I know of a group of guys who had a visit by some friends from Japan. Before the friends left the wrote Everyone's names in Katakana one of the Japanese writing systems and the one used for Foregin names. The guys decided to have the names tattooed on.
About a year later at the beach one of them was always being called Larry by some japanese girls at the beach. After a while he asked why. They said your tattoo says Larry. It turned out somehow between when given the names on paper and the tattoo parlor the group had gotten all the names mixed up. Each of them was wearing one of the other's names.

Niel Camhalla said...

"...anyone working outside a tattoo shop or carnival should avoid a face tattoo at all cost."

I remember my beloved mother while we were watching Jesica Soho's show featuring this same topic. She had the same reaction.

With a practice that could be dated way back prehistoric times, this is something we really can't just take at face-value. Some cultures consider it as part of a tradition and religion. Just like the Maori's moko (facial markings), it signifies the person's status in the society.

Although I never want a tattoo for myself, I find the practice interesting.

I remember another story of a Pinoy student in Canada scolded by a school official on his eating habits using a spoon and fork. It's miles away from the tattoo story but can still be placed under one umbrella called tolerance.

blue_butterfly said...

Neil,
Thanks for the comment, and yeah your right about Maori's so i added it there.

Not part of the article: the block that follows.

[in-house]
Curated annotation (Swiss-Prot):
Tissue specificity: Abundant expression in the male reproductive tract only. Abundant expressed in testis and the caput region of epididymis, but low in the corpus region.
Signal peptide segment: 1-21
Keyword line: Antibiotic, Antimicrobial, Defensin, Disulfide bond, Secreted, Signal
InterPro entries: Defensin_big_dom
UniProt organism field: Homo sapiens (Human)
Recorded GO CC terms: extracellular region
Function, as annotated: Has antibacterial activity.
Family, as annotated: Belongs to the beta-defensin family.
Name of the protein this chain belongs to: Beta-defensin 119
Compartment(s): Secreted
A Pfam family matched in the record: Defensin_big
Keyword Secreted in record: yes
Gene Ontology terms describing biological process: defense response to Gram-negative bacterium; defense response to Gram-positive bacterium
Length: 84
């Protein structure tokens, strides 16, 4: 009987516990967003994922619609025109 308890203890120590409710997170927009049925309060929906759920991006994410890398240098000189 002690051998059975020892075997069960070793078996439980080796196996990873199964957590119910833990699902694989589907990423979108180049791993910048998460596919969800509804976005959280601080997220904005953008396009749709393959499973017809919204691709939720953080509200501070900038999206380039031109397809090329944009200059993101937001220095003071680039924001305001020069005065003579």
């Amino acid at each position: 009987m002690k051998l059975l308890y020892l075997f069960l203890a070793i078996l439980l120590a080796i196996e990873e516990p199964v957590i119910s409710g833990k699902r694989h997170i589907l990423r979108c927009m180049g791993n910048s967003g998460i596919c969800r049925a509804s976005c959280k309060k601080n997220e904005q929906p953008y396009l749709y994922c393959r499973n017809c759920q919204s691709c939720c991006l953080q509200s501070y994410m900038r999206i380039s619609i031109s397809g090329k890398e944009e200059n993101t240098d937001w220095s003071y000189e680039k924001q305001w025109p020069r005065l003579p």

And with regards to spoon and fork i have explained it in my food blog. We eat with these utensils as we cannot use a fork in rice floating with fish sauce, can we?

Tracey said...

Don't like tattoos, never have, never will!!!! Not even Amy's.
Love Tracey xxx

philostomate said...

I may have to show you my tattoos at some point. I believe they are all quite symbolic... Phil x

Amy said...

Yes Amy did cringe!! i do only have them on my thighs... i don't like to see them anywhere else on a woman and only sensible ones on men, Stevens are nice, he has got one on each arm but they are not big.
My mum is totally against them..... thats why i hid them haha!!
Love Amy xxx

Tracey said...

Hi Odette, I have a "Lemonade award" for you, please come and get it!
Love Tracey xxx

Angry American said...

Let's see...I was a Taz tat, a lion tat (I'm a leo) a yin/yang tat, a chinese monkey tat with matching ideograph (born in the yeah or the monkey of course) other chinese ideographs and and and...

Ms. Moon said...

Oh- just wait until one of your kids comes home with a tattoo. You will learn to live with it. Believe me, there is no other choice.
Some people just seem to be drawn to being inked. I do not know why, but it seems to be a very human desire.

amna said...

i tried a cute buterfly fake tattoo on my back shoulder..kind of cute but i will never put a permanent stain on my skin

blue_butterfly said...

phil, amna. angry american, ms moon:
it isnt that tats look gross, some cute ones do look cool. i only hate the thought of putting on a bad tattoo and then regretting it - for life!